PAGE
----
The Detroit judge is the first to shut down the program that involves secretly recording conversations between people in the United States and people abroad, saying it violates rights to free speech and privacy.
Government spokespersons continue to defend the program, but have claimed that state secrets would have to be revealed to prove the program falls within President Bush's authority. Representatives from the American Civil Liberties Union -- which has filed numerous lawsuits on behalf of journalists, scholars and lawyers that have said their jobs were made harder by the program -- said that enough information about the program to justify Taylor's ruling was already publicly available.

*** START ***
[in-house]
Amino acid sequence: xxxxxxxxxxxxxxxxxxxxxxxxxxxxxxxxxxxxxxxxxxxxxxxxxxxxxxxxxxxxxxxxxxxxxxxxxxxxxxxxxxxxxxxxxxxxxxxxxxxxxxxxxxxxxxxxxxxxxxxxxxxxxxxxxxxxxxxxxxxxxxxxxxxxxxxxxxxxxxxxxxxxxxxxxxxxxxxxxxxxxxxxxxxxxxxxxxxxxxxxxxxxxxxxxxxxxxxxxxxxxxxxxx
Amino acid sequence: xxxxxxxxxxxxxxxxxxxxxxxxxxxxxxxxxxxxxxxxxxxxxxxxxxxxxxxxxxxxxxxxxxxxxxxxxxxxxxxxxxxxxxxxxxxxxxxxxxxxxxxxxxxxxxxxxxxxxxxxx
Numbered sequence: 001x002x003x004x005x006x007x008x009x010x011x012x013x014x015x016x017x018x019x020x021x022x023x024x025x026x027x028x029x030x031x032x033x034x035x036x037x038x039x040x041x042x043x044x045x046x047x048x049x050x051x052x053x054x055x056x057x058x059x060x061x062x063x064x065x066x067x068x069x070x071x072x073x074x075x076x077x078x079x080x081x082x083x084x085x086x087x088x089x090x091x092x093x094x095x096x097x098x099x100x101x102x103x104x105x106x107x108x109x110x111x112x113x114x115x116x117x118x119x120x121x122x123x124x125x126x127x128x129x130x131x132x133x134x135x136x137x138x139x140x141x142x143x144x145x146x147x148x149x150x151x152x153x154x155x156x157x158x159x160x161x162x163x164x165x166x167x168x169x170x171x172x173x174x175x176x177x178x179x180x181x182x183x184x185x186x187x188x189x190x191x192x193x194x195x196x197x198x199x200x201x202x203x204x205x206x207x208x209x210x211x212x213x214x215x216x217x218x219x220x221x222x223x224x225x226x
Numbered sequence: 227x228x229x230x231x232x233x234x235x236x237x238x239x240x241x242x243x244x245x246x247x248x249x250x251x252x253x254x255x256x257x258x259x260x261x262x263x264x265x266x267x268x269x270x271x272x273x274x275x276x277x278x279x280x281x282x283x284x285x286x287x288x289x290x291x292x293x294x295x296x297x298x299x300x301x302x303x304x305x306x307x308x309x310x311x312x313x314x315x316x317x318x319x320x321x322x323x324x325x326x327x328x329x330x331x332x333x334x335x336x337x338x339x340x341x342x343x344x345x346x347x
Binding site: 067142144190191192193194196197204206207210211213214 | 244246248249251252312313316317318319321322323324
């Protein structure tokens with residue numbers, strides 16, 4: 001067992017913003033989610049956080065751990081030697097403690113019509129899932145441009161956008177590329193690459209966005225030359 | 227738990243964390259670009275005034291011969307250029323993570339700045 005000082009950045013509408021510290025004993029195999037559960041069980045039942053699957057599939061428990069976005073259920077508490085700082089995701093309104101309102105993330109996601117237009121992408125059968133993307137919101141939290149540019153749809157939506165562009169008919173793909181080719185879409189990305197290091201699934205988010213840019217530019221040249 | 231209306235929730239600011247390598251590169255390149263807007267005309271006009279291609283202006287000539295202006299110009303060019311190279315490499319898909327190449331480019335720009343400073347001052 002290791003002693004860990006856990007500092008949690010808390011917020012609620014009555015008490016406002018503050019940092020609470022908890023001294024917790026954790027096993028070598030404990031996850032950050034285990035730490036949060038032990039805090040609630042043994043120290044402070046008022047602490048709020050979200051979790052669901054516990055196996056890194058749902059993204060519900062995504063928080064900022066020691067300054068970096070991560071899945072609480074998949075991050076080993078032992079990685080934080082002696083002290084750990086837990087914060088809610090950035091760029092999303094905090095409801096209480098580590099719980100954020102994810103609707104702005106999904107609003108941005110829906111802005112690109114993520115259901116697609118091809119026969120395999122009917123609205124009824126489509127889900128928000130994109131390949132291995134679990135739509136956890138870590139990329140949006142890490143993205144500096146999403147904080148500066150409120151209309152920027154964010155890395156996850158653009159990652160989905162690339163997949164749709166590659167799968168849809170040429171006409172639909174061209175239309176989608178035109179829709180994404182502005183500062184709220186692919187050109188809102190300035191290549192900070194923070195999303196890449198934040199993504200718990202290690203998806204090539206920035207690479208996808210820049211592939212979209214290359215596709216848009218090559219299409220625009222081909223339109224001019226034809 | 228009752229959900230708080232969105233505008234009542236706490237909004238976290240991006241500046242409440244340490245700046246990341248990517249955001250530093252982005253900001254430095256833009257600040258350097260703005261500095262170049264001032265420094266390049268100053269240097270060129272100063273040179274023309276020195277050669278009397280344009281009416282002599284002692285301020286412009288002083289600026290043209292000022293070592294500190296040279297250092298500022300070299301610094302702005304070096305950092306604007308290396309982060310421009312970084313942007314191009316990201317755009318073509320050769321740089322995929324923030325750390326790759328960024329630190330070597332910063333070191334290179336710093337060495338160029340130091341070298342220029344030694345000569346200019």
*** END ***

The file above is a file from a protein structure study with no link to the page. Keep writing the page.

"That a federal judge has to even strike down a government-run secret surveillance program targeting innocent U.S. citizens is astounding all by itself," says Mike Adams, a proponent of freedom and civil liberties. "If our government still abided by the U.S. Constitution and actually believed in genuine freedom, such a program never would have been pursued in the first place."